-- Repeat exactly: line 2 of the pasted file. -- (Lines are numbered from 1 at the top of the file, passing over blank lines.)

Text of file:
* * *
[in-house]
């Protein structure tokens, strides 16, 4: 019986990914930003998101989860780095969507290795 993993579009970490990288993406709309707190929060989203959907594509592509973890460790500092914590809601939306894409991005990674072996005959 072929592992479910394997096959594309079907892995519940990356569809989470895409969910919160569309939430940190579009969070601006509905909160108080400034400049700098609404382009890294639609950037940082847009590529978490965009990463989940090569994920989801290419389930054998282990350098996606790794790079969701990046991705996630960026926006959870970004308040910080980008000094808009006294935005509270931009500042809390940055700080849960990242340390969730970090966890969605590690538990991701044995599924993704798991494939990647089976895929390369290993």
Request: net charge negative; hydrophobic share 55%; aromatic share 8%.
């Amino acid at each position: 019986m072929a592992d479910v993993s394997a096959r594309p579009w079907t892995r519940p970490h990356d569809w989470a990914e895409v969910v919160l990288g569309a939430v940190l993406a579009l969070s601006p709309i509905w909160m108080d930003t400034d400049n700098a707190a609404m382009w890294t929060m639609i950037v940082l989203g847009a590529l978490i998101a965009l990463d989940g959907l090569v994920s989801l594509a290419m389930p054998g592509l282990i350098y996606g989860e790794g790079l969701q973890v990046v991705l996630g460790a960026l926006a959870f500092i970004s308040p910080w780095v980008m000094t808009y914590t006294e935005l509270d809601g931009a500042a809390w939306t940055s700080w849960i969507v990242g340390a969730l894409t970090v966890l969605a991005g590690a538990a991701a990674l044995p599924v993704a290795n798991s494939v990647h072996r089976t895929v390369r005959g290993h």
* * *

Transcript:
């Protein structure tokens, strides 16, 4: 019986990914930003998101989860780095969507290795 993993579009970490990288993406709309707190929060989203959907594509592509973890460790500092914590809601939306894409991005990674072996005959 072929592992479910394997096959594309079907892995519940990356569809989470895409969910919160569309939430940190579009969070601006509905909160108080400034400049700098609404382009890294639609950037940082847009590529978490965009990463989940090569994920989801290419389930054998282990350098996606790794790079969701990046991705996630960026926006959870970004308040910080980008000094808009006294935005509270931009500042809390940055700080849960990242340390969730970090966890969605590690538990991701044995599924993704798991494939990647089976895929390369290993």